+travel++japan++chiba prefecture++gyotoku birds++march 29 2009

 north east asia galleries
» Beaches
» Castles
» Chinese Characters
» Festivals
» Fireworks
» Fish
» Flowers
» Food
» Gods
» Graves
» High Rise
» Japanese New Year
» Mountains
» Pagodas
» Primitive Peoples
» Rift Valleys
» Sand
» Street Protests
» Torii
» Wild Birds
» World Expos

IN April 2009 I played host to a visit (a royal visit no less) of my mother and father, who wanted to check out the country I currently live in, which is Japan. Since my Dad is a diehard birder, I was keen to show him some of the birdlife in the city I currently reside in, which is Tokyo. Now Tokyo is not a place you normally associate with birds or any kind of nonhuman life in fact, so I was startled to discover earlier this year that Tokyo Bay (which opens about an hour's walk from my apartment) is a major player on the migratory bird route. In the 19th century more than 200 species of birds dropped into the bay on their long jaunts around the world. Snow geese were so plentiful that naturalists of the era described them, well, like a blanket of snow. There used to be hordes of them. Of course Tokyo has turned into a massive metropolis in the meantime, and the banks of Tokyo Bay are lined with factories, skyscrapers, wide concrete avenues, acres of rusting steel. The Edo River stills flows, but its breadth is punctuated by numerous bridges. Browngrey projects (called mansions in Japlish) line the shores. To their credit the authorities are doing their best to reclaim the river and the bay, and bring back the birds. A string of bird sanctuaries have been established, one of which is at Gyotoku (Chiba Prefecture). There is another one right next to Haneda Airport in Shinagawa Ward, under the flight paths. What you might see here and at the other bird sanctuaries to be found around the bay: plovers, sandpipers, gulls, terns all the way from Australia, thousands of ducks, grebes, cormorants in water. Particularly, as the tide rises and falls, black-bellied plovers, dunlins, bar-tailed godwits, etc. Herons and finches. My Dad was impressed with the terns, which plunged endlessly into the rainspawn pond (this was at the Shinagawa sanctuary). .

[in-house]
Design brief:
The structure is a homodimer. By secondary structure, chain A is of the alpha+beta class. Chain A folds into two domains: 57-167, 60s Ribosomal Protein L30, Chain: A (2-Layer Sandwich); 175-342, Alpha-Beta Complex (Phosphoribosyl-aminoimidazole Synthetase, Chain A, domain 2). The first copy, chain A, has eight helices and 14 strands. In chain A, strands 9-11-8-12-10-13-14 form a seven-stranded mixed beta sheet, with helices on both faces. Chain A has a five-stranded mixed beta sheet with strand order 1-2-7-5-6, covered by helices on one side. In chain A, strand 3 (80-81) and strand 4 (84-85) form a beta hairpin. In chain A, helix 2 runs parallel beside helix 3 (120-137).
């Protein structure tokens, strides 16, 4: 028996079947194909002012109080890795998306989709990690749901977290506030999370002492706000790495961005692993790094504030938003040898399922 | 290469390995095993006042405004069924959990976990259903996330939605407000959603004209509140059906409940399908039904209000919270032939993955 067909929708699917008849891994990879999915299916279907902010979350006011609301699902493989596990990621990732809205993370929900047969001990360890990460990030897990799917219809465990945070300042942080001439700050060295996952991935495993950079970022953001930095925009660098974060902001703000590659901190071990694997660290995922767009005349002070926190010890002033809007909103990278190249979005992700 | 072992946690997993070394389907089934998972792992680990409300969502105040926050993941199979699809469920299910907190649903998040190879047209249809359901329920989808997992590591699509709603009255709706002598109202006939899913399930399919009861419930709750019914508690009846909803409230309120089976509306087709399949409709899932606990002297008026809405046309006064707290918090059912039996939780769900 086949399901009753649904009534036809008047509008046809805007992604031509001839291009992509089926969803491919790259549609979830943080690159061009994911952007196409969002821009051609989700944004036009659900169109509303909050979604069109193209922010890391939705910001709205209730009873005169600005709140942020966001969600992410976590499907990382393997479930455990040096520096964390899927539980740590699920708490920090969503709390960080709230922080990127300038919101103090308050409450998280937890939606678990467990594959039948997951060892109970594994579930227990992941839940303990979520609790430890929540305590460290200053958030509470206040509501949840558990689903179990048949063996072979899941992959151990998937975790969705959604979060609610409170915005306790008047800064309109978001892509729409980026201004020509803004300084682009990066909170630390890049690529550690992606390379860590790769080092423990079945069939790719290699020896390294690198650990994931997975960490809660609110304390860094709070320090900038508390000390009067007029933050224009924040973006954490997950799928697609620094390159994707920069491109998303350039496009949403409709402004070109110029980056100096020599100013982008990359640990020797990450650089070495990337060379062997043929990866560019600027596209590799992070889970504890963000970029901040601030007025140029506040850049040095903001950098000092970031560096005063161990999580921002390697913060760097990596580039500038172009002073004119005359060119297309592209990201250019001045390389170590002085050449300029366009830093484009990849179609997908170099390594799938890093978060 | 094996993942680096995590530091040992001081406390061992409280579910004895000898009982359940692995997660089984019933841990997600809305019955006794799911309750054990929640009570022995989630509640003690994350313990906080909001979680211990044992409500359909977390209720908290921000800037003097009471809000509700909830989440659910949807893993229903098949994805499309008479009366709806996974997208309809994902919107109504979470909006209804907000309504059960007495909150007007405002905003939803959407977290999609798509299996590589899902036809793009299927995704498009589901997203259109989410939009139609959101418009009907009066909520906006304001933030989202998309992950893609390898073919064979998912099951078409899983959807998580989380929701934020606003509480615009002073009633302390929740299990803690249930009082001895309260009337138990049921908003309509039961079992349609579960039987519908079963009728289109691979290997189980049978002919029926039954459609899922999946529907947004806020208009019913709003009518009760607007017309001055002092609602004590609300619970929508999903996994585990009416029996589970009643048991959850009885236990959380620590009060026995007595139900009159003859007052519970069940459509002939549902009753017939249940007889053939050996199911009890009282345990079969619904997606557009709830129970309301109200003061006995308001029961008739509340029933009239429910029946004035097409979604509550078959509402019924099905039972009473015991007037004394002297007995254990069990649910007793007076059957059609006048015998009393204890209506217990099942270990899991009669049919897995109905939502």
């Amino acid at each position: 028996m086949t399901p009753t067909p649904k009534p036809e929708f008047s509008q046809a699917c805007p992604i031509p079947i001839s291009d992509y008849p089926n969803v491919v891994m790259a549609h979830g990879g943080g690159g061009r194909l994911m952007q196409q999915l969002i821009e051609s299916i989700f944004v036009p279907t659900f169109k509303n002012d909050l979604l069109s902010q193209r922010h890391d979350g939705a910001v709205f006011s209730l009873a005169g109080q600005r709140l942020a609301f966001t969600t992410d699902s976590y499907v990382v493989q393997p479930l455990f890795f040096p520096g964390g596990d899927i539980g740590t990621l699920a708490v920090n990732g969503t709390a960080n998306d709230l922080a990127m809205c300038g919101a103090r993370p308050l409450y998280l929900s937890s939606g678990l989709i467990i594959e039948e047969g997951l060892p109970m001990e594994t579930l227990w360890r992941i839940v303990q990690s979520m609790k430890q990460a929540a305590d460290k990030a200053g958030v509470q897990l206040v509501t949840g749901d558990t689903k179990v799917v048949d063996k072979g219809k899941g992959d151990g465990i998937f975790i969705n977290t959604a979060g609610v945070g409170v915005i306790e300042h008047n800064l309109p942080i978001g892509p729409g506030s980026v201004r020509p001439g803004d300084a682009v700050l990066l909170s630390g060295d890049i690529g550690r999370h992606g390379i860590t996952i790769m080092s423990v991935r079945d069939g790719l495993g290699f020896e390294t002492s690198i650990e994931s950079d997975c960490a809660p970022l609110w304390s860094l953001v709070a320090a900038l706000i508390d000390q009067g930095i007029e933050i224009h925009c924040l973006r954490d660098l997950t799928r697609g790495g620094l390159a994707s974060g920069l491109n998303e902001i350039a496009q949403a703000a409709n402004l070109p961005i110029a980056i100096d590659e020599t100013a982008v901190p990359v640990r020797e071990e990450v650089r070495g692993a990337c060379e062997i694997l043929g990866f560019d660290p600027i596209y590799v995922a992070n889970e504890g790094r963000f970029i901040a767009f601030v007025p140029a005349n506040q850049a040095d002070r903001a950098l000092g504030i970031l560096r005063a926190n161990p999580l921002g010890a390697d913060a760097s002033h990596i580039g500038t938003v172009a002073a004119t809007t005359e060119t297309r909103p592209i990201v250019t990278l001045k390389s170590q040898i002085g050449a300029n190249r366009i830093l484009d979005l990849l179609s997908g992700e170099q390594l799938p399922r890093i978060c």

Birds of Japan

Tancho Crane Park, Kushiro, Hokkaido